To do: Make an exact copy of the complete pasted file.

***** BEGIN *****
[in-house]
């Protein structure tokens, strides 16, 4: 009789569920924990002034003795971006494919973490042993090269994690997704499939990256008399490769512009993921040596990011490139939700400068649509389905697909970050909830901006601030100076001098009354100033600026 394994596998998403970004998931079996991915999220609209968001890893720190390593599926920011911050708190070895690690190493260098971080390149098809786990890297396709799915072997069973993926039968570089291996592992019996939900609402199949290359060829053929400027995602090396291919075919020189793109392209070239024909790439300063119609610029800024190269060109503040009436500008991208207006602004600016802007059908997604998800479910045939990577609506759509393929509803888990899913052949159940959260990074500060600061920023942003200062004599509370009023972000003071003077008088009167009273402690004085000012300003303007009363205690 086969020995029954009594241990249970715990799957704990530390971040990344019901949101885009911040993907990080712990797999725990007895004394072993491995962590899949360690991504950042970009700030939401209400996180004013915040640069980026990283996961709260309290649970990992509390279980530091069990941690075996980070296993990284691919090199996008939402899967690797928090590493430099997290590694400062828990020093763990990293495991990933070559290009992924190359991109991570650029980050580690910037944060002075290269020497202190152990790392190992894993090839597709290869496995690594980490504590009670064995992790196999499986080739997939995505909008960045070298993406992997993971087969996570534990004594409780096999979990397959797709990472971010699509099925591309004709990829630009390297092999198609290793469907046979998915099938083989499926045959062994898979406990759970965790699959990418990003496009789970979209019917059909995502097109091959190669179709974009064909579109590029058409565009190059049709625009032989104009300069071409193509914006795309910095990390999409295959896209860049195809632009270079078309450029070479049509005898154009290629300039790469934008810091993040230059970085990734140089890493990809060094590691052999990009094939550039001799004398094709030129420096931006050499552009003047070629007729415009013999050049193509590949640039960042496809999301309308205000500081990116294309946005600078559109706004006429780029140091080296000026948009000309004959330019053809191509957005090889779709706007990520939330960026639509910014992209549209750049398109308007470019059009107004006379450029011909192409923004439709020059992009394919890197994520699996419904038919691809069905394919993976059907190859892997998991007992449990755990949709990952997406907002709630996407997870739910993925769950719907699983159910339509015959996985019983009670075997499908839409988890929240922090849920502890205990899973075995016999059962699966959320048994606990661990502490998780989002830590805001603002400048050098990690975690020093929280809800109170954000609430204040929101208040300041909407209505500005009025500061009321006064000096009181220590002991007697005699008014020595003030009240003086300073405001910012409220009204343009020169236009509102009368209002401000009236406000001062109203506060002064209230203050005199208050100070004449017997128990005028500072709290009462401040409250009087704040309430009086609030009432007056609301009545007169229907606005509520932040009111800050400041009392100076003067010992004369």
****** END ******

[in-house]
């Protein structure tokens, strides 16, 4: 009789569920924990002034003795971006494919973490042993090269994690997704499939990256008399490769512009993921040596990011490139939700400068649509389905697909970050909830901006601030100076001098009354100033600026 394994596998998403970004998931079996991915999220609209968001890893720190390593599926920011911050708190070895690690190493260098971080390149098809786990890297396709799915072997069973993926039968570089291996592992019996939900609402199949290359060829053929400027995602090396291919075919020189793109392209070239024909790439300063119609610029800024190269060109503040009436500008991208207006602004600016802007059908997604998800479910045939990577609506759509393929509803888990899913052949159940959260990074500060600061920023942003200062004599509370009023972000003071003077008088009167009273402690004085000012300003303007009363205690 086969020995029954009594241990249970715990799957704990530390971040990344019901949101885009911040993907990080712990797999725990007895004394072993491995962590899949360690991504950042970009700030939401209400996180004013915040640069980026990283996961709260309290649970990992509390279980530091069990941690075996980070296993990284691919090199996008939402899967690797928090590493430099997290590694400062828990020093763990990293495991990933070559290009992924190359991109991570650029980050580690910037944060002075290269020497202190152990790392190992894993090839597709290869496995690594980490504590009670064995992790196999499986080739997939995505909008960045070298993406992997993971087969996570534990004594409780096999979990397959797709990472971010699509099925591309004709990829630009390297092999198609290793469907046979998915099938083989499926045959062994898979406990759970965790699959990418990003496009789970979209019917059909995502097109091959190669179709974009064909579109590029058409565009190059049709625009032989104009300069071409193509914006795309910095990390999409295959896209860049195809632009270079078309450029070479049509005898154009290629300039790469934008810091993040230059970085990734140089890493990809060094590691052999990009094939550039001799004398094709030129420096931006050499552009003047070629007729415009013999050049193509590949640039960042496809999301309308205000500081990116294309946005600078559109706004006429780029140091080296000026948009000309004959330019053809191509957005090889779709706007990520939330960026639509910014992209549209750049398109308007470019059009107004006379450029011909192409923004439709020059992009394919890197994520699996419904038919691809069905394919993976059907190859892997998991007992449990755990949709990952997406907002709630996407997870739910993925769950719907699983159910339509015959996985019983009670075997499908839409988890929240922090849920502890205990899973075995016999059962699966959320048994606990661990502490998780989002830590805001603002400048050098990690975690020093929280809800109170954000609430204040929101208040300041909407209505500005009025500061009321006064000096009181220590002991007697005699008014020595003030009240003086300073405001910012409220009204343009020169236009509102009368209002401000009236406000001062109203506060002064209230203050005199208050100070004449017997128990005028500072709290009462401040409250009087704040309430009086609030009432007056609301009545007169229907606005509520932040009111800050400041009392100076003067010992004369």